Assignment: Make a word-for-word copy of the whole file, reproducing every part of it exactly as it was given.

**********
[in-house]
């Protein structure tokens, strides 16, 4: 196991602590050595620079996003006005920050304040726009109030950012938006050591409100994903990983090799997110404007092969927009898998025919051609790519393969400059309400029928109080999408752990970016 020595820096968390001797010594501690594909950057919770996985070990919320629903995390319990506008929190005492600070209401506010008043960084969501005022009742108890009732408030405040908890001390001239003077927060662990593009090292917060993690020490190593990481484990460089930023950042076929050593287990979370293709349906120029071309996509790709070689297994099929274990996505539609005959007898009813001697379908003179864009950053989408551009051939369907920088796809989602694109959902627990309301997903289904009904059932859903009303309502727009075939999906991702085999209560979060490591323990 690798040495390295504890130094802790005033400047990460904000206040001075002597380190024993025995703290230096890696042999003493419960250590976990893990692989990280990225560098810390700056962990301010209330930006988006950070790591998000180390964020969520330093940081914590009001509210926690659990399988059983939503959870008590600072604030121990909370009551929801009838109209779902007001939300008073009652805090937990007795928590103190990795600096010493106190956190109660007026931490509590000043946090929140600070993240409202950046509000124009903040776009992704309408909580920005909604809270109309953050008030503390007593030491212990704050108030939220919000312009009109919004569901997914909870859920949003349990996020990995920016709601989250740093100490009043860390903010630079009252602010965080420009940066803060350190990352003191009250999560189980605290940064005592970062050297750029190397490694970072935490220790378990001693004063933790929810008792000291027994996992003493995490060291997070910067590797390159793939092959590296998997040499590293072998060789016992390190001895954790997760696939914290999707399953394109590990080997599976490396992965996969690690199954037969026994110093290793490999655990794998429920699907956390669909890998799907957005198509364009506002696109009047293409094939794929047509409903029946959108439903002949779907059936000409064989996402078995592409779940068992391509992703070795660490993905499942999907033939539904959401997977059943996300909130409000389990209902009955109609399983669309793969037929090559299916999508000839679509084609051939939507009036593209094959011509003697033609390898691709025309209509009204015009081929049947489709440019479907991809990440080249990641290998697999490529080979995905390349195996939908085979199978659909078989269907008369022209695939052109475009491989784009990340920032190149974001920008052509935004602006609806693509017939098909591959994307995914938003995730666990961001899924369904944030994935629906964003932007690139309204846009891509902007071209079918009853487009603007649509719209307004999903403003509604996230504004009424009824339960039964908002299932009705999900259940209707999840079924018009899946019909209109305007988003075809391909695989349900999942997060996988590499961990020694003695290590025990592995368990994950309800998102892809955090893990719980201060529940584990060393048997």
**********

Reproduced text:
[in-house]
């Protein structure tokens, strides 16, 4: 196991602590050595620079996003006005920050304040726009109030950012938006050591409100994903990983090799997110404007092969927009898998025919051609790519393969400059309400029928109080999408752990970016 020595820096968390001797010594501690594909950057919770996985070990919320629903995390319990506008929190005492600070209401506010008043960084969501005022009742108890009732408030405040908890001390001239003077927060662990593009090292917060993690020490190593990481484990460089930023950042076929050593287990979370293709349906120029071309996509790709070689297994099929274990996505539609005959007898009813001697379908003179864009950053989408551009051939369907920088796809989602694109959902627990309301997903289904009904059932859903009303309502727009075939999906991702085999209560979060490591323990 690798040495390295504890130094802790005033400047990460904000206040001075002597380190024993025995703290230096890696042999003493419960250590976990893990692989990280990225560098810390700056962990301010209330930006988006950070790591998000180390964020969520330093940081914590009001509210926690659990399988059983939503959870008590600072604030121990909370009551929801009838109209779902007001939300008073009652805090937990007795928590103190990795600096010493106190956190109660007026931490509590000043946090929140600070993240409202950046509000124009903040776009992704309408909580920005909604809270109309953050008030503390007593030491212990704050108030939220919000312009009109919004569901997914909870859920949003349990996020990995920016709601989250740093100490009043860390903010630079009252602010965080420009940066803060350190990352003191009250999560189980605290940064005592970062050297750029190397490694970072935490220790378990001693004063933790929810008792000291027994996992003493995490060291997070910067590797390159793939092959590296998997040499590293072998060789016992390190001895954790997760696939914290999707399953394109590990080997599976490396992965996969690690199954037969026994110093290793490999655990794998429920699907956390669909890998799907957005198509364009506002696109009047293409094939794929047509409903029946959108439903002949779907059936000409064989996402078995592409779940068992391509992703070795660490993905499942999907033939539904959401997977059943996300909130409000389990209902009955109609399983669309793969037929090559299916999508000839679509084609051939939507009036593209094959011509003697033609390898691709025309209509009204015009081929049947489709440019479907991809990440080249990641290998697999490529080979995905390349195996939908085979199978659909078989269907008369022209695939052109475009491989784009990340920032190149974001920008052509935004602006609806693509017939098909591959994307995914938003995730666990961001899924369904944030994935629906964003932007690139309204846009891509902007071209079918009853487009603007649509719209307004999903403003509604996230504004009424009824339960039964908002299932009705999900259940209707999840079924018009899946019909209109305007988003075809391909695989349900999942997060996988590499961990020694003695290590025990592995368990994950309800998102892809955090893990719980201060529940584990060393048997």